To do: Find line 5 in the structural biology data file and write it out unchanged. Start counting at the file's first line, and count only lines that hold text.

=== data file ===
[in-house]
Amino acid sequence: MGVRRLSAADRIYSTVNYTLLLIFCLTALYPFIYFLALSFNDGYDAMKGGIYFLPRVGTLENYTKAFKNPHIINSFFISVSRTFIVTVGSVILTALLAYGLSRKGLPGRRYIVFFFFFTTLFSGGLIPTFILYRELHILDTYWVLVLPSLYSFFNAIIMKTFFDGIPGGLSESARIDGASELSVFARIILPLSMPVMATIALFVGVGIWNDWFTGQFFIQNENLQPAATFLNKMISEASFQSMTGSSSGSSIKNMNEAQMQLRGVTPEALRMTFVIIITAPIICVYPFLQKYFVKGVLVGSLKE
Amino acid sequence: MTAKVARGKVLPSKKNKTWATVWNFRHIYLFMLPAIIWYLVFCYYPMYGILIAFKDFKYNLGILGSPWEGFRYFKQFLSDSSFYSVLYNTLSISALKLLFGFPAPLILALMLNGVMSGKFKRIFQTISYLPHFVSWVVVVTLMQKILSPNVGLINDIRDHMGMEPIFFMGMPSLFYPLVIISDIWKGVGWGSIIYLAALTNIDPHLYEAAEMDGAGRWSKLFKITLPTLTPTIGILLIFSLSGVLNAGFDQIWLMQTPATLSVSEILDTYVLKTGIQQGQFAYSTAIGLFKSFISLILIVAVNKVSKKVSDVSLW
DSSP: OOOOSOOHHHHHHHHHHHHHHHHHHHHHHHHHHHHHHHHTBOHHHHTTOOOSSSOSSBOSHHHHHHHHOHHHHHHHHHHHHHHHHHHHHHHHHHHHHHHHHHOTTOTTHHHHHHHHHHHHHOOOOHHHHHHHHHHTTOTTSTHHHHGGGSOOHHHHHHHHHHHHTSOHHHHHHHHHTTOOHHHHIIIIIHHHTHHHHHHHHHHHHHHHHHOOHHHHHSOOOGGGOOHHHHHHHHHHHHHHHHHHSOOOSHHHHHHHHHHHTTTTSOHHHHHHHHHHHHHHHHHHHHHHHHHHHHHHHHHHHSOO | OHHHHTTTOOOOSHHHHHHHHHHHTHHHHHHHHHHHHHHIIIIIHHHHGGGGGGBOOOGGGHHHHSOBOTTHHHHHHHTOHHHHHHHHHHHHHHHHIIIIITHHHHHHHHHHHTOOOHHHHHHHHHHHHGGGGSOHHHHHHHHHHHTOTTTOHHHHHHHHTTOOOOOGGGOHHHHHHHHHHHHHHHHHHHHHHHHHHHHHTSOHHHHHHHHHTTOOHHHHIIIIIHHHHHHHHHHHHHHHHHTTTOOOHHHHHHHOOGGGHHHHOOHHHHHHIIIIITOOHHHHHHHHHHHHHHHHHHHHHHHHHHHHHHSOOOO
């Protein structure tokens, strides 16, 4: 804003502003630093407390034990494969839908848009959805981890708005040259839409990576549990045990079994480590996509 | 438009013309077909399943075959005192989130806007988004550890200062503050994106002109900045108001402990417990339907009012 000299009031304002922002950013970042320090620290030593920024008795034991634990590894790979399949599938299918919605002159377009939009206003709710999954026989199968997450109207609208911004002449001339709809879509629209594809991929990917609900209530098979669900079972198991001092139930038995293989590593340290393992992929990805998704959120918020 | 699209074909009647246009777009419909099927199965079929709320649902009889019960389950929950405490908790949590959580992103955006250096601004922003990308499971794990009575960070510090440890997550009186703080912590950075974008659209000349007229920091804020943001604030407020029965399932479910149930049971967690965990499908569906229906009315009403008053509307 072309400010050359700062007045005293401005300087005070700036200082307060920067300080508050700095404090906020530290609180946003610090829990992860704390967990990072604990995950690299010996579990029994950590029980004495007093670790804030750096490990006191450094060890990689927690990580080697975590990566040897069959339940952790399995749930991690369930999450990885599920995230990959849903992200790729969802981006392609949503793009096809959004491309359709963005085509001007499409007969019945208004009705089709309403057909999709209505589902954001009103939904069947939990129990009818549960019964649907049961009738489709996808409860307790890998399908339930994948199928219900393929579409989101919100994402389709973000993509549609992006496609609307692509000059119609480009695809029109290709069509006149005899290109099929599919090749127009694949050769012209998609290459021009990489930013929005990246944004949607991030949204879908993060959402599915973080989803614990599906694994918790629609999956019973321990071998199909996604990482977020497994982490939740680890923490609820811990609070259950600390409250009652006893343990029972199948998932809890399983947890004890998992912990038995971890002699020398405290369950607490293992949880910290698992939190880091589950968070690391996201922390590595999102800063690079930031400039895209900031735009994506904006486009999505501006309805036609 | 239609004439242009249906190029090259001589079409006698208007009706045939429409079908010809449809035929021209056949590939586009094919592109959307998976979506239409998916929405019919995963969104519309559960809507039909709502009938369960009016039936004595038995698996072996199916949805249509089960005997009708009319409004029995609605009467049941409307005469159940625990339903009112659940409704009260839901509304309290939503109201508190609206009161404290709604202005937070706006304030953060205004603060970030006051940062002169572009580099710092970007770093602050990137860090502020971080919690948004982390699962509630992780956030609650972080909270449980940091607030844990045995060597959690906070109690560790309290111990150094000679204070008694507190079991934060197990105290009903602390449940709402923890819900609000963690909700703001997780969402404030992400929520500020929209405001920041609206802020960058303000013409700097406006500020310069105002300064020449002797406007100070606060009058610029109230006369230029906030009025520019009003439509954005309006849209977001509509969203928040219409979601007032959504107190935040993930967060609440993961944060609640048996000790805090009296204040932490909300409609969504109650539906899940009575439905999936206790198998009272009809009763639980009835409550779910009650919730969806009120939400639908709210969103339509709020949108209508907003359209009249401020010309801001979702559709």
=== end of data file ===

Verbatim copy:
């Protein structure tokens, strides 16, 4: 804003502003630093407390034990494969839908848009959805981890708005040259839409990576549990045990079994480590996509 | 438009013309077909399943075959005192989130806007988004550890200062503050994106002109900045108001402990417990339907009012 000299009031304002922002950013970042320090620290030593920024008795034991634990590894790979399949599938299918919605002159377009939009206003709710999954026989199968997450109207609208911004002449001339709809879509629209594809991929990917609900209530098979669900079972198991001092139930038995293989590593340290393992992929990805998704959120918020 | 699209074909009647246009777009419909099927199965079929709320649902009889019960389950929950405490908790949590959580992103955006250096601004922003990308499971794990009575960070510090440890997550009186703080912590950075974008659209000349007229920091804020943001604030407020029965399932479910149930049971967690965990499908569906229906009315009403008053509307 072309400010050359700062007045005293401005300087005070700036200082307060920067300080508050700095404090906020530290609180946003610090829990992860704390967990990072604990995950690299010996579990029994950590029980004495007093670790804030750096490990006191450094060890990689927690990580080697975590990566040897069959339940952790399995749930991690369930999450990885599920995230990959849903992200790729969802981006392609949503793009096809959004491309359709963005085509001007499409007969019945208004009705089709309403057909999709209505589902954001009103939904069947939990129990009818549960019964649907049961009738489709996808409860307790890998399908339930994948199928219900393929579409989101919100994402389709973000993509549609992006496609609307692509000059119609480009695809029109290709069509006149005899290109099929599919090749127009694949050769012209998609290459021009990489930013929005990246944004949607991030949204879908993060959402599915973080989803614990599906694994918790629609999956019973321990071998199909996604990482977020497994982490939740680890923490609820811990609070259950600390409250009652006893343990029972199948998932809890399983947890004890998992912990038995971890002699020398405290369950607490293992949880910290698992939190880091589950968070690391996201922390590595999102800063690079930031400039895209900031735009994506904006486009999505501006309805036609 | 239609004439242009249906190029090259001589079409006698208007009706045939429409079908010809449809035929021209056949590939586009094919592109959307998976979506239409998916929405019919995963969104519309559960809507039909709502009938369960009016039936004595038995698996072996199916949805249509089960005997009708009319409004029995609605009467049941409307005469159940625990339903009112659940409704009260839901509304309290939503109201508190609206009161404290709604202005937070706006304030953060205004603060970030006051940062002169572009580099710092970007770093602050990137860090502020971080919690948004982390699962509630992780956030609650972080909270449980940091607030844990045995060597959690906070109690560790309290111990150094000679204070008694507190079991934060197990105290009903602390449940709402923890819900609000963690909700703001997780969402404030992400929520500020929209405001920041609206802020960058303000013409700097406006500020310069105002300064020449002797406007100070606060009058610029109230006369230029906030009025520019009003439509954005309006849209977001509509969203928040219409979601007032959504107190935040993930967060609440993961944060609640048996000790805090009296204040932490909300409609969504109650539906899940009575439905999936206790198998009272009809009763639980009835409550779910009650919730969806009120939400639908709210969103339509709020949108209508907003359209009249401020010309801001979702559709």